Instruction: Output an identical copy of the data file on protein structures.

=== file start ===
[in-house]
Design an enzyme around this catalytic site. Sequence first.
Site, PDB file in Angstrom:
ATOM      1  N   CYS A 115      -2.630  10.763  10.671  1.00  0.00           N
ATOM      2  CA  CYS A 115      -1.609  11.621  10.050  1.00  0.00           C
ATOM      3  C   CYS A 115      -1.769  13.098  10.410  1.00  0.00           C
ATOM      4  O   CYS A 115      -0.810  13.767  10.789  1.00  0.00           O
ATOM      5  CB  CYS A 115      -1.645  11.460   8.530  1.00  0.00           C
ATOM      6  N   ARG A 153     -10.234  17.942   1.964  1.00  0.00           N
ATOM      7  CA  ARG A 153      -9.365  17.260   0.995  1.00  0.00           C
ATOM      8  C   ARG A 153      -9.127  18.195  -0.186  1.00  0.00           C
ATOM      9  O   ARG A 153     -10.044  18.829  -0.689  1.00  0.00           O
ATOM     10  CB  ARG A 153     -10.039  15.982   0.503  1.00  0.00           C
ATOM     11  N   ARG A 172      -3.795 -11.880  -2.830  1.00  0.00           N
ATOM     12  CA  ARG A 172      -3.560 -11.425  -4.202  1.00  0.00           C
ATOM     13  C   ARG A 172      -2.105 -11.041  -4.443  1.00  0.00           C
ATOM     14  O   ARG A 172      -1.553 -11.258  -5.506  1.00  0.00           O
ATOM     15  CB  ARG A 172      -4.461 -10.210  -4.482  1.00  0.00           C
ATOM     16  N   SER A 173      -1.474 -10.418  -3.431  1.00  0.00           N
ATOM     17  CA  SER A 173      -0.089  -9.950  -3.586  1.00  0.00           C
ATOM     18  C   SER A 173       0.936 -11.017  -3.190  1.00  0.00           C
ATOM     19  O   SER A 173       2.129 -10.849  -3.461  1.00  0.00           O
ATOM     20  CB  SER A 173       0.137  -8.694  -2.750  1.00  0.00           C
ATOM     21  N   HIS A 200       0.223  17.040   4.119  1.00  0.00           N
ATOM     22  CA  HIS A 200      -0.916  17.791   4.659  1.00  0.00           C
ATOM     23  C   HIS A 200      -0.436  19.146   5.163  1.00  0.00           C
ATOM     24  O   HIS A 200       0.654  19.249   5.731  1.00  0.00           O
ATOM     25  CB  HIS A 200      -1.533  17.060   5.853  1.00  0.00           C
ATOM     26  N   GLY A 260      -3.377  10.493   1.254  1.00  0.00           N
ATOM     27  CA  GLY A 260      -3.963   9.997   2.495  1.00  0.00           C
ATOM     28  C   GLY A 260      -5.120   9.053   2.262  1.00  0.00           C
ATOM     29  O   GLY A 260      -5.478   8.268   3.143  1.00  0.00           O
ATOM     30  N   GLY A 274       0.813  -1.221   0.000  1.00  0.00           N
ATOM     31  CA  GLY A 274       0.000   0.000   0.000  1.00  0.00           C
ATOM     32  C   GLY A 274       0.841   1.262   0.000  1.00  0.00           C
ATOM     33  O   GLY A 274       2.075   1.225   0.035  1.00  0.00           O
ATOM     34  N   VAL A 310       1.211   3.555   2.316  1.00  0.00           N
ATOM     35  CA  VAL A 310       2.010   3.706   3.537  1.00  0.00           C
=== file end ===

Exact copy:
[in-house]
Design an enzyme around this catalytic site. Sequence first.
Site, PDB file in Angstrom:
ATOM      1  N   CYS A 115      -2.630  10.763  10.671  1.00  0.00           N
ATOM      2  CA  CYS A 115      -1.609  11.621  10.050  1.00  0.00           C
ATOM      3  C   CYS A 115      -1.769  13.098  10.410  1.00  0.00           C
ATOM      4  O   CYS A 115      -0.810  13.767  10.789  1.00  0.00           O
ATOM      5  CB  CYS A 115      -1.645  11.460   8.530  1.00  0.00           C
ATOM      6  N   ARG A 153     -10.234  17.942   1.964  1.00  0.00           N
ATOM      7  CA  ARG A 153      -9.365  17.260   0.995  1.00  0.00           C
ATOM      8  C   ARG A 153      -9.127  18.195  -0.186  1.00  0.00           C
ATOM      9  O   ARG A 153     -10.044  18.829  -0.689  1.00  0.00           O
ATOM     10  CB  ARG A 153     -10.039  15.982   0.503  1.00  0.00           C
ATOM     11  N   ARG A 172      -3.795 -11.880  -2.830  1.00  0.00           N
ATOM     12  CA  ARG A 172      -3.560 -11.425  -4.202  1.00  0.00           C
ATOM     13  C   ARG A 172      -2.105 -11.041  -4.443  1.00  0.00           C
ATOM     14  O   ARG A 172      -1.553 -11.258  -5.506  1.00  0.00           O
ATOM     15  CB  ARG A 172      -4.461 -10.210  -4.482  1.00  0.00           C
ATOM     16  N   SER A 173      -1.474 -10.418  -3.431  1.00  0.00           N
ATOM     17  CA  SER A 173      -0.089  -9.950  -3.586  1.00  0.00           C
ATOM     18  C   SER A 173       0.936 -11.017  -3.190  1.00  0.00           C
ATOM     19  O   SER A 173       2.129 -10.849  -3.461  1.00  0.00           O
ATOM     20  CB  SER A 173       0.137  -8.694  -2.750  1.00  0.00           C
ATOM     21  N   HIS A 200       0.223  17.040   4.119  1.00  0.00           N
ATOM     22  CA  HIS A 200      -0.916  17.791   4.659  1.00  0.00           C
ATOM     23  C   HIS A 200      -0.436  19.146   5.163  1.00  0.00           C
ATOM     24  O   HIS A 200       0.654  19.249   5.731  1.00  0.00           O
ATOM     25  CB  HIS A 200      -1.533  17.060   5.853  1.00  0.00           C
ATOM     26  N   GLY A 260      -3.377  10.493   1.254  1.00  0.00           N
ATOM     27  CA  GLY A 260      -3.963   9.997   2.495  1.00  0.00           C
ATOM     28  C   GLY A 260      -5.120   9.053   2.262  1.00  0.00           C
ATOM     29  O   GLY A 260      -5.478   8.268   3.143  1.00  0.00           O
ATOM     30  N   GLY A 274       0.813  -1.221   0.000  1.00  0.00           N
ATOM     31  CA  GLY A 274       0.000   0.000   0.000  1.00  0.00           C
ATOM     32  C   GLY A 274       0.841   1.262   0.000  1.00  0.00           C
ATOM     33  O   GLY A 274       2.075   1.225   0.035  1.00  0.00           O
ATOM     34  N   VAL A 310       1.211   3.555   2.316  1.00  0.00           N
ATOM     35  CA  VAL A 310       2.010   3.706   3.537  1.00  0.00           C